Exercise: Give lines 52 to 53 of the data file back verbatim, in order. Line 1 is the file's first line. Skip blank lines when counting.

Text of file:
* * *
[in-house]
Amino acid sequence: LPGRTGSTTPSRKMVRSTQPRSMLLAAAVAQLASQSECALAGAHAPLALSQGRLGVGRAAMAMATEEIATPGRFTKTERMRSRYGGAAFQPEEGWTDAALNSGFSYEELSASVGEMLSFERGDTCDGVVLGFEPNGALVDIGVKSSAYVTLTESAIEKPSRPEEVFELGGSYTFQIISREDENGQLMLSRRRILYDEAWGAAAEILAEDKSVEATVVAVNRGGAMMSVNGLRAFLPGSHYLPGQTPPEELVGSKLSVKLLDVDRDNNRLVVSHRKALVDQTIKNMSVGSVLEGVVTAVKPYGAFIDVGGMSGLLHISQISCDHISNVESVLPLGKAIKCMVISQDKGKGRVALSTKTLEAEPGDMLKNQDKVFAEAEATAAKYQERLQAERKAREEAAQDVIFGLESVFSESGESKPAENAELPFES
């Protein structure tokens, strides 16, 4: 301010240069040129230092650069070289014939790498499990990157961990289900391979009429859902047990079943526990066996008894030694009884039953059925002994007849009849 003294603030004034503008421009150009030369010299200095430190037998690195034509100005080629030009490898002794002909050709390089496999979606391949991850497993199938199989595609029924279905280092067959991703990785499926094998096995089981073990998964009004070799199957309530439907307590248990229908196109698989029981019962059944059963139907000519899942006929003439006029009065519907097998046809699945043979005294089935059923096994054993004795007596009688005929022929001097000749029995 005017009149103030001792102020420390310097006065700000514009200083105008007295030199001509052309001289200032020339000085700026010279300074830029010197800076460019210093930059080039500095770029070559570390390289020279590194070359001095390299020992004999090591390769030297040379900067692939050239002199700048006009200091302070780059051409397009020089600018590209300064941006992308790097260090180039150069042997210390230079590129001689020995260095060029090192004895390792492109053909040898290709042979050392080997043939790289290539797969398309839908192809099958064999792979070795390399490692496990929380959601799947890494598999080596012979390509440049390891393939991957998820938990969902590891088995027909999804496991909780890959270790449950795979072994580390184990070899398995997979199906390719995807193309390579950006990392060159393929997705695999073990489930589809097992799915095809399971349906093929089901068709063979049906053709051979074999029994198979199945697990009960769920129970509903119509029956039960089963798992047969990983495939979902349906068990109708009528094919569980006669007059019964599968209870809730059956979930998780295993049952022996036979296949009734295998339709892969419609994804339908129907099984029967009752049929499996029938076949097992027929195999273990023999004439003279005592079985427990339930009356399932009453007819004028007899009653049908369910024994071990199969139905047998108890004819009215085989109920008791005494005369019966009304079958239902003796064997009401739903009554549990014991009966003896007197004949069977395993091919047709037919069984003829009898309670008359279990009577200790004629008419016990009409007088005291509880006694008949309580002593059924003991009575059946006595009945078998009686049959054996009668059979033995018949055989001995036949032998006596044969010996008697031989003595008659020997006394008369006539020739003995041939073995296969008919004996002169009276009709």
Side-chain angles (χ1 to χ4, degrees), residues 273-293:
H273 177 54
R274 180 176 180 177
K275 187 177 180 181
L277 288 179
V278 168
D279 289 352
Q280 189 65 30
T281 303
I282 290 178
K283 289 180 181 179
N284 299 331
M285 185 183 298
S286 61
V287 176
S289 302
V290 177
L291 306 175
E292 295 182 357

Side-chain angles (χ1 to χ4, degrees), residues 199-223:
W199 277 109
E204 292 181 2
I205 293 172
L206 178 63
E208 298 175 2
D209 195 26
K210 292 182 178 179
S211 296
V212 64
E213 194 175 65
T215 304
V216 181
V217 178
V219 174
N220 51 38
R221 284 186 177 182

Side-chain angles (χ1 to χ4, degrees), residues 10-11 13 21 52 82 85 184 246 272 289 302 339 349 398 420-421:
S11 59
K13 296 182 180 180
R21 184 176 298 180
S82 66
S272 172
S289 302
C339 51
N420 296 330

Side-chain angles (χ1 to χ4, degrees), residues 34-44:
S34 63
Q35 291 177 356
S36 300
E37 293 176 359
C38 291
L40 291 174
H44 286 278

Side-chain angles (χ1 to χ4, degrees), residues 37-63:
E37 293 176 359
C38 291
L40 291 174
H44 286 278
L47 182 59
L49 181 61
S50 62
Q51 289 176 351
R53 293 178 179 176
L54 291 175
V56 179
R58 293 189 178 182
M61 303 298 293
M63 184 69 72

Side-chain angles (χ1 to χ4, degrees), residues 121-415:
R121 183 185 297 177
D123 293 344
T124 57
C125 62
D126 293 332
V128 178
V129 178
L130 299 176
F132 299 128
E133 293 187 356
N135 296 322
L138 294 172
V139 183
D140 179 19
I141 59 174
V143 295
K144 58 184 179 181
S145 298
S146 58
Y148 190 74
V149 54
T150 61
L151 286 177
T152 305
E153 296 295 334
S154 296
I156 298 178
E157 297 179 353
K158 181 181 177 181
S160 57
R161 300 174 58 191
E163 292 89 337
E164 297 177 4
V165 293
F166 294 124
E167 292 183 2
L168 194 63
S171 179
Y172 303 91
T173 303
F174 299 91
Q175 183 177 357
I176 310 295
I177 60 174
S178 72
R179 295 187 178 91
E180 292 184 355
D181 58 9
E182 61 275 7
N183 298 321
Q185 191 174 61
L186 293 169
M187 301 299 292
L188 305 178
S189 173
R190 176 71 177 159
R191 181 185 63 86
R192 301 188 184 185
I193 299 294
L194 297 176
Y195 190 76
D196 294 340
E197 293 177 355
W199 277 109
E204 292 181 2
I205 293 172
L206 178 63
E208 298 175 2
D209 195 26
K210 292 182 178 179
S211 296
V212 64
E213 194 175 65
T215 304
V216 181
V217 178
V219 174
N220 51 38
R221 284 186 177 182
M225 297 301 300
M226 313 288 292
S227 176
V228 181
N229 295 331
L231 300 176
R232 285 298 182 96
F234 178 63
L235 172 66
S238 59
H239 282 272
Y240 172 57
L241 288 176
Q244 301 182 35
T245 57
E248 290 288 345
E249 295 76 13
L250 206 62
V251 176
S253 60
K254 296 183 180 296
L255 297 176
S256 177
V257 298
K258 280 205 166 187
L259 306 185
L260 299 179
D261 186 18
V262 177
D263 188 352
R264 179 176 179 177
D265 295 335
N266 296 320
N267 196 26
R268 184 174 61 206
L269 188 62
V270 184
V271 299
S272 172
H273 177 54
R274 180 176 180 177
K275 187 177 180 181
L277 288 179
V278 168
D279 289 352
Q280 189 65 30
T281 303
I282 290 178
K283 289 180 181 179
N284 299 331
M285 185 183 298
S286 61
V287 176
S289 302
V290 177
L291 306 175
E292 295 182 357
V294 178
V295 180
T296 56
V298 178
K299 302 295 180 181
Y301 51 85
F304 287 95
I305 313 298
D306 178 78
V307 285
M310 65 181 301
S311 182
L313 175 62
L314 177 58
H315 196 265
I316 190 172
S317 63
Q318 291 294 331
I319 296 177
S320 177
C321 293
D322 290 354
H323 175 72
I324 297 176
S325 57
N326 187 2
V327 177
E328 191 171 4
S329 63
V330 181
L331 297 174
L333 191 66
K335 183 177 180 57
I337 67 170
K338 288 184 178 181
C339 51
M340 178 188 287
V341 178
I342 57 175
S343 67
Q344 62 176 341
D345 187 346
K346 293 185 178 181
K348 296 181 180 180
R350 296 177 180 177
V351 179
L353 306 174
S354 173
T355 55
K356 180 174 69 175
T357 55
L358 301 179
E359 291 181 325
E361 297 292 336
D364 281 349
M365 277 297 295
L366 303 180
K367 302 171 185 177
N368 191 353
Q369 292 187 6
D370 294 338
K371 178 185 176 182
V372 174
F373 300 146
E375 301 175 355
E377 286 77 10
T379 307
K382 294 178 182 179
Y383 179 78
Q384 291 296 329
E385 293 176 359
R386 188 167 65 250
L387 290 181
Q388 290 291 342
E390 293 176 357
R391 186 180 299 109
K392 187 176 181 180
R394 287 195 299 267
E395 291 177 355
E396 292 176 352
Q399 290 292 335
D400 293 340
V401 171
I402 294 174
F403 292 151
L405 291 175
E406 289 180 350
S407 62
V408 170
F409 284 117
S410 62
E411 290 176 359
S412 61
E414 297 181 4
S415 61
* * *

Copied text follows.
S36 300
E37 293 176 359